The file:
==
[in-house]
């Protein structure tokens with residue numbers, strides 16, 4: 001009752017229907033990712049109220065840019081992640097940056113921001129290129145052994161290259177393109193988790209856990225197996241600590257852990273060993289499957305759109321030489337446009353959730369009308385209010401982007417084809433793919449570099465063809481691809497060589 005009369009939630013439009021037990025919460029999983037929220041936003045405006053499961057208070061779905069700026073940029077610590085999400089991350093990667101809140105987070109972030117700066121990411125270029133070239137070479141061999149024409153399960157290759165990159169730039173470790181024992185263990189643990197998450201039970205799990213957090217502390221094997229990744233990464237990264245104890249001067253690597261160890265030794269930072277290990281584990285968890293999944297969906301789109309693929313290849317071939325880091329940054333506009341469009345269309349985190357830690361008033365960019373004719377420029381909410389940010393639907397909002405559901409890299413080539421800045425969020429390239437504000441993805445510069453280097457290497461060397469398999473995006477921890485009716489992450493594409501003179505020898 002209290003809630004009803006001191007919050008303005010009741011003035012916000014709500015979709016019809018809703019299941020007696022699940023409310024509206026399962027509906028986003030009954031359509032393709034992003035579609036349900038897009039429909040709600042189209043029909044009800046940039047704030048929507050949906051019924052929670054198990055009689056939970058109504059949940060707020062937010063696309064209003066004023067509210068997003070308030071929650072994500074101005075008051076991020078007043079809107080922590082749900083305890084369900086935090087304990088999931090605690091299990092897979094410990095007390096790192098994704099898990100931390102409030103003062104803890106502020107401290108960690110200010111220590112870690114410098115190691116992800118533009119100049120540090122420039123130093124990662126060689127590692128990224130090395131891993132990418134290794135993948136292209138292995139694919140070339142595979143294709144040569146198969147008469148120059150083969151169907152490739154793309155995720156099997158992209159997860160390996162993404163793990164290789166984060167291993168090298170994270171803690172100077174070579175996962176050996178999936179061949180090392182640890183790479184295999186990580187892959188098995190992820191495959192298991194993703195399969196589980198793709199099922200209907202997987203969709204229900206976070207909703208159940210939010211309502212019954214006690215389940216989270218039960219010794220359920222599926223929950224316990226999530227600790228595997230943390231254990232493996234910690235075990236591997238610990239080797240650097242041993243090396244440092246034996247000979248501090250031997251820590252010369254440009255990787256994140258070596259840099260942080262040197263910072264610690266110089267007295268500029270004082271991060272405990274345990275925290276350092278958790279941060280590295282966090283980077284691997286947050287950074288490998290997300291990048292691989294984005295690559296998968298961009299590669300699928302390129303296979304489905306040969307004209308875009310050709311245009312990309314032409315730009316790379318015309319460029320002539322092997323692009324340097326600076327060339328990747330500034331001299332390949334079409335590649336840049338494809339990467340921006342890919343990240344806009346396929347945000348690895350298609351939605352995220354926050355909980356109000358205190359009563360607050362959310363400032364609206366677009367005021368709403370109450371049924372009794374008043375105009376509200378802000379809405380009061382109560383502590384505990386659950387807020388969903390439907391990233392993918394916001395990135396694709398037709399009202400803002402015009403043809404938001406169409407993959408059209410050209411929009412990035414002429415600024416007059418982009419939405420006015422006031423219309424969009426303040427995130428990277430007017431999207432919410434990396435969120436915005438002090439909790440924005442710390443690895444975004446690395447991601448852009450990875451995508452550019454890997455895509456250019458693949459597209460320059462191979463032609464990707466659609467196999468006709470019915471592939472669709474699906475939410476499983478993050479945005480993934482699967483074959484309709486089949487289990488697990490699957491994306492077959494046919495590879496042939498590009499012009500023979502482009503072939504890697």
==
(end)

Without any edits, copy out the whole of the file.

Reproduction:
[in-house]
């Protein structure tokens with residue numbers, strides 16, 4: 001009752017229907033990712049109220065840019081992640097940056113921001129290129145052994161290259177393109193988790209856990225197996241600590257852990273060993289499957305759109321030489337446009353959730369009308385209010401982007417084809433793919449570099465063809481691809497060589 005009369009939630013439009021037990025919460029999983037929220041936003045405006053499961057208070061779905069700026073940029077610590085999400089991350093990667101809140105987070109972030117700066121990411125270029133070239137070479141061999149024409153399960157290759165990159169730039173470790181024992185263990189643990197998450201039970205799990213957090217502390221094997229990744233990464237990264245104890249001067253690597261160890265030794269930072277290990281584990285968890293999944297969906301789109309693929313290849317071939325880091329940054333506009341469009345269309349985190357830690361008033365960019373004719377420029381909410389940010393639907397909002405559901409890299413080539421800045425969020429390239437504000441993805445510069453280097457290497461060397469398999473995006477921890485009716489992450493594409501003179505020898 002209290003809630004009803006001191007919050008303005010009741011003035012916000014709500015979709016019809018809703019299941020007696022699940023409310024509206026399962027509906028986003030009954031359509032393709034992003035579609036349900038897009039429909040709600042189209043029909044009800046940039047704030048929507050949906051019924052929670054198990055009689056939970058109504059949940060707020062937010063696309064209003066004023067509210068997003070308030071929650072994500074101005075008051076991020078007043079809107080922590082749900083305890084369900086935090087304990088999931090605690091299990092897979094410990095007390096790192098994704099898990100931390102409030103003062104803890106502020107401290108960690110200010111220590112870690114410098115190691116992800118533009119100049120540090122420039123130093124990662126060689127590692128990224130090395131891993132990418134290794135993948136292209138292995139694919140070339142595979143294709144040569146198969147008469148120059150083969151169907152490739154793309155995720156099997158992209159997860160390996162993404163793990164290789166984060167291993168090298170994270171803690172100077174070579175996962176050996178999936179061949180090392182640890183790479184295999186990580187892959188098995190992820191495959192298991194993703195399969196589980198793709199099922200209907202997987203969709204229900206976070207909703208159940210939010211309502212019954214006690215389940216989270218039960219010794220359920222599926223929950224316990226999530227600790228595997230943390231254990232493996234910690235075990236591997238610990239080797240650097242041993243090396244440092246034996247000979248501090250031997251820590252010369254440009255990787256994140258070596259840099260942080262040197263910072264610690266110089267007295268500029270004082271991060272405990274345990275925290276350092278958790279941060280590295282966090283980077284691997286947050287950074288490998290997300291990048292691989294984005295690559296998968298961009299590669300699928302390129303296979304489905306040969307004209308875009310050709311245009312990309314032409315730009316790379318015309319460029320002539322092997323692009324340097326600076327060339328990747330500034331001299332390949334079409335590649336840049338494809339990467340921006342890919343990240344806009346396929347945000348690895350298609351939605352995220354926050355909980356109000358205190359009563360607050362959310363400032364609206366677009367005021368709403370109450371049924372009794374008043375105009376509200378802000379809405380009061382109560383502590384505990386659950387807020388969903390439907391990233392993918394916001395990135396694709398037709399009202400803002402015009403043809404938001406169409407993959408059209410050209411929009412990035414002429415600024416007059418982009419939405420006015422006031423219309424969009426303040427995130428990277430007017431999207432919410434990396435969120436915005438002090439909790440924005442710390443690895444975004446690395447991601448852009450990875451995508452550019454890997455895509456250019458693949459597209460320059462191979463032609464990707466659609467196999468006709470019915471592939472669709474699906475939410476499983478993050479945005480993934482699967483074959484309709486089949487289990488697990490699957491994306492077959494046919495590879496042939498590009499012009500023979502482009503072939504890697």